A national land trust recently preserved over 21,000 acres as open space between Denver and Colorado Springs, Colo. (HCN, 2/28/00: Acre by acre). The tract, which is the largest area of undeveloped land remaining along Colorado's Front Range, was sold last week to The Conservation Fund, a Boulder, Colo.-based land trust, and Douglas County. "People often talk of how you can protect open space and prevent sprawl," says Douglas County Commissioner Jim Sullivan. "This is the best way."
Folks are signing up to
sue the U.S. Forest Service over its roadless initiative
(HCN, 11/8/99: A new road for the public lands). A new group,
including Boise Cascade Corp., a coalition of Idaho counties and a
rancher, wants to force the agency to include more public input in
the planning process. "They had one big scoping meeting where
everyone got together and sang "Kumbaya," but if they're going to
do something as big as this, people that live and work in those
forests should be allowed to plan," says plaintiff, rancher and HCN
board member Brad Little.
In Utah, Republican
Rep. Jim Hansen wants Congress to set a 10-year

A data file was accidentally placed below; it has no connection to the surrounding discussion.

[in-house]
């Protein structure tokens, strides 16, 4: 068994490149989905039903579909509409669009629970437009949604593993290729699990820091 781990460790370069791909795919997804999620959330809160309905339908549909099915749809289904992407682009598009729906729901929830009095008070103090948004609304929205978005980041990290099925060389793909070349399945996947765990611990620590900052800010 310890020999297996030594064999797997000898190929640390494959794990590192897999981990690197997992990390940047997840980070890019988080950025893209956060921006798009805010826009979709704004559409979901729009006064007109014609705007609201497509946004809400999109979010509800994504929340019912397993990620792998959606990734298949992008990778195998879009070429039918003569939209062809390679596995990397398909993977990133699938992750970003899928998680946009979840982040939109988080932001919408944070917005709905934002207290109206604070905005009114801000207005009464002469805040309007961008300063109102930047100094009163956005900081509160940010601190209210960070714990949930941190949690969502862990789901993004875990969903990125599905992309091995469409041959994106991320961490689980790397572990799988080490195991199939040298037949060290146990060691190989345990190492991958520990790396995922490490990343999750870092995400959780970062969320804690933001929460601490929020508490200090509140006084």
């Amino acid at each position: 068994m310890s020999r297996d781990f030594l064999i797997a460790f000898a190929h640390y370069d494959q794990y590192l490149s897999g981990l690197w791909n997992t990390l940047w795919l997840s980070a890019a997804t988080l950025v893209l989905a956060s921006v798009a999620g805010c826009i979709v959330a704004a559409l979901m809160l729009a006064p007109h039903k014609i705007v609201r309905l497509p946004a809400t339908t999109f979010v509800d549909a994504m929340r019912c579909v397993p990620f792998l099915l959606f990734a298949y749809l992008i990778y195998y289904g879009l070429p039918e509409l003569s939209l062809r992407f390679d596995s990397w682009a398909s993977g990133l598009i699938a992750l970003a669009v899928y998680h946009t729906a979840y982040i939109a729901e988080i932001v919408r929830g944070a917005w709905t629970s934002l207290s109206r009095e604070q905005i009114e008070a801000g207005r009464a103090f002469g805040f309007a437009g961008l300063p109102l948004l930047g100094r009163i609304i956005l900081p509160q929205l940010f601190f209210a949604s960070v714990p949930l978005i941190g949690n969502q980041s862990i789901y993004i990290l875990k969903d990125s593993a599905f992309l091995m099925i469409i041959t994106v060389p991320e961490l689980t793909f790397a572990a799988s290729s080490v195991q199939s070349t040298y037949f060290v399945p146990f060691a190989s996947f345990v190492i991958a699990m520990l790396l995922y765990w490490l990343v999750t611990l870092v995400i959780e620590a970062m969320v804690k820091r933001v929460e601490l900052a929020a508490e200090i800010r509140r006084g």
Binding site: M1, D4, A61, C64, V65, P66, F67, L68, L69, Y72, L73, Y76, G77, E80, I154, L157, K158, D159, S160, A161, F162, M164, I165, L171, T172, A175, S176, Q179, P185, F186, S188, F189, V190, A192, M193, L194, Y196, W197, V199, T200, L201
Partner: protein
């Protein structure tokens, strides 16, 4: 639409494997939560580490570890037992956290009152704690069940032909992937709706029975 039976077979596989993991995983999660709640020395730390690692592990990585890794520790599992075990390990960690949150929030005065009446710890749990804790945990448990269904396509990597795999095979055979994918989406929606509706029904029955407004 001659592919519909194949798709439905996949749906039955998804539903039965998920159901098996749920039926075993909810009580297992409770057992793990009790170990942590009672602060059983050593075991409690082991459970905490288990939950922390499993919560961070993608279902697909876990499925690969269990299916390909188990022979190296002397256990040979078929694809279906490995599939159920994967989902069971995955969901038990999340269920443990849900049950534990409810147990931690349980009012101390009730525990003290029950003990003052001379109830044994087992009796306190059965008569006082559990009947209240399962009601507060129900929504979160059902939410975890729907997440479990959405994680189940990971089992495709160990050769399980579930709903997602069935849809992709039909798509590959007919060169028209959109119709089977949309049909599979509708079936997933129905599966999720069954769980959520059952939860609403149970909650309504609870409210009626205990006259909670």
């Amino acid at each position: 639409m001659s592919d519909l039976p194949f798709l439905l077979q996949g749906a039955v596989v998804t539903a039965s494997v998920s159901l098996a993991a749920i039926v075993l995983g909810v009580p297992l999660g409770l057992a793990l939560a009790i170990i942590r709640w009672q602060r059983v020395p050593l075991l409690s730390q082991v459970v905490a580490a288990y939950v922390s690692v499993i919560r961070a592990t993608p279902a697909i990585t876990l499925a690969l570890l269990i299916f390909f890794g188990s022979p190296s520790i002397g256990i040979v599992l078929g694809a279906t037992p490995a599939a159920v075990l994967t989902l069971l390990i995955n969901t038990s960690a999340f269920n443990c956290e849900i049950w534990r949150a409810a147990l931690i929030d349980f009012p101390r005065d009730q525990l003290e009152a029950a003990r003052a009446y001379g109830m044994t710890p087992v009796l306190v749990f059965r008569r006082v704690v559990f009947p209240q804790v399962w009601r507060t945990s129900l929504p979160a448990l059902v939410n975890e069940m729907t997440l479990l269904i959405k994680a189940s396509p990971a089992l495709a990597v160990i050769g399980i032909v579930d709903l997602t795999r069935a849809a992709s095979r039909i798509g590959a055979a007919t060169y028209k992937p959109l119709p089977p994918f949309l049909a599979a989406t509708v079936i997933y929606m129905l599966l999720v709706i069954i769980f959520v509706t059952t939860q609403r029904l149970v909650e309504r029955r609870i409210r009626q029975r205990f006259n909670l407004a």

deadline for acting on wilderness designation proposals.
Western Republicans who support the bill say federal agencies can
lock up land indefinitely while Congress decides. Democrats say the
bill's title, "America's Wilderness Protection Act," is misleading.
"If we were used-car salesmen, they'd throw us in jail and take our
license for doing something like that," Rep. Jay Inslee, D-Wash.,
told The Salt Lake Tribune.
confident that a federal judge in Portland will rule that four
dams on the Lower Snake River violate water-quality
standards (HCN, 12/20/99: Unleashing the Snake). U.S.
District Judge Helen Frye has already ruled that the dams must
comply with the federal Clean Water Act, which could cost as much
as $900 million. "The court's order provides yet another reason for
the government to seriously consider dam removal," Nicole Cordan of
the National Wildlife Federation told The Seattle
Lynx lovers can shout hooray. On March 21,
after 10 years of petitioning, the Canada lynx was listed
as a threatened species under the Endangered Species Act
(HCN, 6/12/95: In one man's hands, this lynx became a teacher). As
a result, lynx habitat in northern Washington, Idaho and Montana
forests could remain roadless and free from logging. But, says Joe
Scott of Northwest Ecosystem Alliance, "It remains to be seen if
the Forest Service will designate critical habitat; I think they'll
try not to."